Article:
“I think they deemed it as one of the worst NFL games ever,” McClure said with a laugh.

In the week leading up to the game, McClure was brought up to speed, but was also soon given some news — both good and bad.

“We walked into the quarterbacks meeting that Monday leading up to the game and the quarterbacks coach told me that he had some good news and some bad news,” said McClure, who requested the good news first.

The good news?

McClure was going to start the game on Sunday.

The bad news?

“Lawrence Taylor just decided to cross the line.”

Arguably the most feared defensive player in NFL history was going to be coming for McClure on every down.

“Our coaches said to take our prepared gameplay and throw it out the window, because we had no idea where he was going to line up,” McClure said. “They scaled the offense way down because of all the replacement players. I had been in camp with the team before, so I knew what I was doing, but it turned into a very long and painful game.”

The pain actually lasted for more than two weeks.

Taylor finished the game with two credited sacks, but McClure was hit early, often and throughout the game by “LT.”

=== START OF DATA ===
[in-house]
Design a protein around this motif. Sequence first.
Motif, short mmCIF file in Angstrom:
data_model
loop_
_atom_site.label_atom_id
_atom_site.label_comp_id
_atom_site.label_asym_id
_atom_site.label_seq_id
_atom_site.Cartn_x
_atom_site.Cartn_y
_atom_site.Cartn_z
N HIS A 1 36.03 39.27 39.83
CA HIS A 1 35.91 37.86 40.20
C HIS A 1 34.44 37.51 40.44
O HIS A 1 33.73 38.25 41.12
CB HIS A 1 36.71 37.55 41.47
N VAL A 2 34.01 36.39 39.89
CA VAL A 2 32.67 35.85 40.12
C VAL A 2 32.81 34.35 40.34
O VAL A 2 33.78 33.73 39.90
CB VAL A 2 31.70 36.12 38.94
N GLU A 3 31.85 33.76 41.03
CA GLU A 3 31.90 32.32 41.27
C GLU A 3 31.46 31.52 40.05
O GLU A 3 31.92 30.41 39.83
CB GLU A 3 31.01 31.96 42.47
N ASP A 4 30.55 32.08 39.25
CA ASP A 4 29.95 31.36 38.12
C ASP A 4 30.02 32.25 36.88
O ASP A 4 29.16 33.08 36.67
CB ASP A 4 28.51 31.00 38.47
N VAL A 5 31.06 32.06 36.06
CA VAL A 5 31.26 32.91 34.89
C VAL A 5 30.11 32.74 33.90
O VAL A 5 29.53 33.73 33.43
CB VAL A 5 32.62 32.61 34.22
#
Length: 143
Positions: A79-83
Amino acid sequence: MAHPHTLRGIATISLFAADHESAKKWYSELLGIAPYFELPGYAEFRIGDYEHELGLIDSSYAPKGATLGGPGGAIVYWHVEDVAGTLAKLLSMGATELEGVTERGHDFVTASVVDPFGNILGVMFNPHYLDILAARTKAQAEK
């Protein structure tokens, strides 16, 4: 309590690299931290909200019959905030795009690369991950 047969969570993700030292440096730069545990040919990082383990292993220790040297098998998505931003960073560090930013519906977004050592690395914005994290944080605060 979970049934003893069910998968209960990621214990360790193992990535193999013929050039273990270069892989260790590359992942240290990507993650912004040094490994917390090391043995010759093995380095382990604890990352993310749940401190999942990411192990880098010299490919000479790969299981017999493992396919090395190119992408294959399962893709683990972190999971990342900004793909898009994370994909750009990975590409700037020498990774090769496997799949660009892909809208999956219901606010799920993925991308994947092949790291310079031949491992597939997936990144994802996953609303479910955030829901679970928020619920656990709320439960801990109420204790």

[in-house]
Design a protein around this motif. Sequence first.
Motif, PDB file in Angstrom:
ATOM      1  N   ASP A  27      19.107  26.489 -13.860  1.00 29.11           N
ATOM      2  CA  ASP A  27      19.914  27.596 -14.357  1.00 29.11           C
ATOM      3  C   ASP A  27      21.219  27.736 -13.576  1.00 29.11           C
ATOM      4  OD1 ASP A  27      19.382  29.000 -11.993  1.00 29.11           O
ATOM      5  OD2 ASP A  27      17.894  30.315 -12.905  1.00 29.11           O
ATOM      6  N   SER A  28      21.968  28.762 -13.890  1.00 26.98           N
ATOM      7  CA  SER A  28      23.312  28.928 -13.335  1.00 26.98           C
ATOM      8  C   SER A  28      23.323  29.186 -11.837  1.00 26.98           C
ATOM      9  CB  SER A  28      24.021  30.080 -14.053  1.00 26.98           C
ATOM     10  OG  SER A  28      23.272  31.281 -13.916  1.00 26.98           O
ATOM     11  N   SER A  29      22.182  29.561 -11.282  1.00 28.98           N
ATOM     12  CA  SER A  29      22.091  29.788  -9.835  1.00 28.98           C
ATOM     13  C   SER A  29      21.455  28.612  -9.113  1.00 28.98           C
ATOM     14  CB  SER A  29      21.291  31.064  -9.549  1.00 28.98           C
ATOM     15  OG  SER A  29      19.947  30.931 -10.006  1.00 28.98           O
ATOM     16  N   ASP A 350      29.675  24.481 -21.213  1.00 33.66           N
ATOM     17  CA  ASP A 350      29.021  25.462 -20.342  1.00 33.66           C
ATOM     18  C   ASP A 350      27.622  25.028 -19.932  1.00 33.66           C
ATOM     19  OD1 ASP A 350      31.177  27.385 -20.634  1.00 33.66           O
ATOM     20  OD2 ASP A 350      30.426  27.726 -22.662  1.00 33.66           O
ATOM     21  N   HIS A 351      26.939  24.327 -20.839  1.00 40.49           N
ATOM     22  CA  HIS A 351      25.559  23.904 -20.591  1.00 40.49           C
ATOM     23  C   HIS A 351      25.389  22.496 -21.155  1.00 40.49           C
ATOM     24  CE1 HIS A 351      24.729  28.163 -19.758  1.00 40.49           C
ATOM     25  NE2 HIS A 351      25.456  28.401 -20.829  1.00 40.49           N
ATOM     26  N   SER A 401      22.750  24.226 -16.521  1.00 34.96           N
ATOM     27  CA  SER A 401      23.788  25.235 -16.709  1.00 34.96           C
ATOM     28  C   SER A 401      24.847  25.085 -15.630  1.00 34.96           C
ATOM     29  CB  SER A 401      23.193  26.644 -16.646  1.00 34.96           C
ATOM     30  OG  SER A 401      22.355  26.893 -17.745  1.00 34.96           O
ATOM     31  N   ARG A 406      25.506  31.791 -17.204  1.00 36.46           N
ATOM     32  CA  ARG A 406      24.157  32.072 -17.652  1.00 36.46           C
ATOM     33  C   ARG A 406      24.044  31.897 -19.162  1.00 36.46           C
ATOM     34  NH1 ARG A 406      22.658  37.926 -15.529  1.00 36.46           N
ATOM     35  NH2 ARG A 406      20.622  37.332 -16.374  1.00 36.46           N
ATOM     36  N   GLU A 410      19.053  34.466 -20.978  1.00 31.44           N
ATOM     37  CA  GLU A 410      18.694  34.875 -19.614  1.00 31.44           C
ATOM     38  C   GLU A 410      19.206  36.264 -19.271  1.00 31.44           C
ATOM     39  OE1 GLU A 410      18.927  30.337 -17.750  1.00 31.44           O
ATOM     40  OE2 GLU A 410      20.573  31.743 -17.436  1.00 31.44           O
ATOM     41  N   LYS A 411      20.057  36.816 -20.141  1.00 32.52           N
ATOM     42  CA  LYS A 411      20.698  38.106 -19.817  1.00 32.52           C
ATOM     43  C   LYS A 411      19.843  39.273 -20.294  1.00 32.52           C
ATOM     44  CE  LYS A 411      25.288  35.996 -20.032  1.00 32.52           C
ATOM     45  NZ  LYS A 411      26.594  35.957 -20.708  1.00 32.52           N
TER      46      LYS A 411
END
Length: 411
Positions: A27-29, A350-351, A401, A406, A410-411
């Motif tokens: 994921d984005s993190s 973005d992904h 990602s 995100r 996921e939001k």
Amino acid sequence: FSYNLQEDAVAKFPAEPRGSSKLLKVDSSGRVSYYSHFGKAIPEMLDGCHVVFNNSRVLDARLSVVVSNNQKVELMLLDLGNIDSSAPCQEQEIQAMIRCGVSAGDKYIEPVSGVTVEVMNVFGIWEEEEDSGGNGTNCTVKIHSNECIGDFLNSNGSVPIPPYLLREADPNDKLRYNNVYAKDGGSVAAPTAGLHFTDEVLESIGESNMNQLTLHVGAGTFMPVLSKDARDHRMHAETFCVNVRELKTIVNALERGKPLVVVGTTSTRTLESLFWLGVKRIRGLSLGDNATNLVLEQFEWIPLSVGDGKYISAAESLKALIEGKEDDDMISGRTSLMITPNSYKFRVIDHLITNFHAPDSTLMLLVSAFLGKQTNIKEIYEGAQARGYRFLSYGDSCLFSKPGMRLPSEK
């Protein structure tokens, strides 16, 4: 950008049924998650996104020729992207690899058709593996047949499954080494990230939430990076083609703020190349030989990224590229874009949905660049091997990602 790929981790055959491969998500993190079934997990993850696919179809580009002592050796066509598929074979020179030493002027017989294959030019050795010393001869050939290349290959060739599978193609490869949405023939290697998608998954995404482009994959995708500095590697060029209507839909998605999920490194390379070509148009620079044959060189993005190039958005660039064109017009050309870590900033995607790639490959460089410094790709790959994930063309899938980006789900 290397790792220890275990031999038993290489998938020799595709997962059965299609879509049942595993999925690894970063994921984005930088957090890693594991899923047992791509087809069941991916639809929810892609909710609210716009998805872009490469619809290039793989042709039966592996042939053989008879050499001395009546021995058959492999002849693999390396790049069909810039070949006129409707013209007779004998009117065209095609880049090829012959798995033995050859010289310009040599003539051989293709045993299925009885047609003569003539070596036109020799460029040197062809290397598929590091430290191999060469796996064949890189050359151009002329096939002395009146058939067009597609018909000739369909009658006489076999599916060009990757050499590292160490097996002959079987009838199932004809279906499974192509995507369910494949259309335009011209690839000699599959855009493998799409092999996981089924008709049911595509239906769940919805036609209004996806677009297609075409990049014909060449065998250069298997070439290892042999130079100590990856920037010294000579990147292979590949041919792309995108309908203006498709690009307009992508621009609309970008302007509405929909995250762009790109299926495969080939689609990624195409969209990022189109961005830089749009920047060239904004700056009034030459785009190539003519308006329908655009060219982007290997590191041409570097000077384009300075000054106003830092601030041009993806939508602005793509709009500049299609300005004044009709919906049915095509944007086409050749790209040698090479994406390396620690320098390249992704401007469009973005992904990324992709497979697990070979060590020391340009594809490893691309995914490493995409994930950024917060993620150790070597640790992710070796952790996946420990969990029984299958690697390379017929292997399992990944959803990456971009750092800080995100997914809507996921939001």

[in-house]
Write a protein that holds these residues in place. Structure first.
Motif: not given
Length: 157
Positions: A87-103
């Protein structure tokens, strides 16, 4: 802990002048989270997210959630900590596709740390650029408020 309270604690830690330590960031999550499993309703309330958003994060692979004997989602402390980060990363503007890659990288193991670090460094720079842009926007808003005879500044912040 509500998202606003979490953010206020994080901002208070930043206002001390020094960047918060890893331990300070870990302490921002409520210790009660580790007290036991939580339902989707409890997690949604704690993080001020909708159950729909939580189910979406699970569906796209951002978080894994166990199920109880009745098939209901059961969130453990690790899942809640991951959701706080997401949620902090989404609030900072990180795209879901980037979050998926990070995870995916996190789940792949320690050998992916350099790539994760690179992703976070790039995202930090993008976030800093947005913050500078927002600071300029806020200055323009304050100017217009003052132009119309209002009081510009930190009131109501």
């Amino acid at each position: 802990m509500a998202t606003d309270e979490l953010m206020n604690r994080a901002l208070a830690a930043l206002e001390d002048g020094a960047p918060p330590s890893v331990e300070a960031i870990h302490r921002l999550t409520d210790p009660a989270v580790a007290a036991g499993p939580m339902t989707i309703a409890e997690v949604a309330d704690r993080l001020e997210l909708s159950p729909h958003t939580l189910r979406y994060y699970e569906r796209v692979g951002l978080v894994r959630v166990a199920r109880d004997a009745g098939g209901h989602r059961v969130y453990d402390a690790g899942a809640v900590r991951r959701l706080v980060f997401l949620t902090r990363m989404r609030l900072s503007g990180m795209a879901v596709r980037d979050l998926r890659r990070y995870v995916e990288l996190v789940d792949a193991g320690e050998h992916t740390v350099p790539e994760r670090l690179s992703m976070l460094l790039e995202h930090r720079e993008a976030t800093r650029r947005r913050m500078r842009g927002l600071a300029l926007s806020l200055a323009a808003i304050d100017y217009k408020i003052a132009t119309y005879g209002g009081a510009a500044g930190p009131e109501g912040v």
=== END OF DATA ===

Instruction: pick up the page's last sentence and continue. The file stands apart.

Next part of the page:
“He hit me so many times that day,” McClure said. “He hit me a lot legally, and he hit me a lot illegally. The guy’s just a beast of a player — arguably the best linebacker in NFL history. I couldn’t move without feeling some kind of soreness for at least two weeks.”

Buffalo quarterback Brian McClure, a 1982 Rootstown High School graduate, braces for impact as New York Giants linebacker Lawrence Taylor flies in for a hit.

On the day, McClure completed 20-of-38 passes for 181 yards and threw three interceptions.

In a “did you know?” type of NFL trivia, McClure’s completions, attempts and yards thrown remain a league record for any quarterback that played in just one NFL game.

McClure was brought back to camp for the 1988 season, alongside a couple of other quarterbacks, but was cut. He landed in Green Bay for a short period of time, but found himself in a situation where he knew he had to make a difficult decision.

“When Green Bay didn’t work out, I was going to try to play in Canada for a little while, but my wife Lisa and I had just gotten married, and I thought to myself that I could go be a camp arm for years and make a little money or just get on with my life. I decided to get on with my life, and I got out of it.

“I am very proud of my time in the NFL,” McClure added. “I enjoyed my time in Buffalo. I love the Bills. The organization was relatively good to me. I love the city, I love my teammates. It was a good experience, and I am glad I got to do it.

“People ask me about it, but to me it does not resonate as something spectacular. Sometimes I think back on what the accomplishment meant and it was a special time in my life, but I have had other special times since then, too.”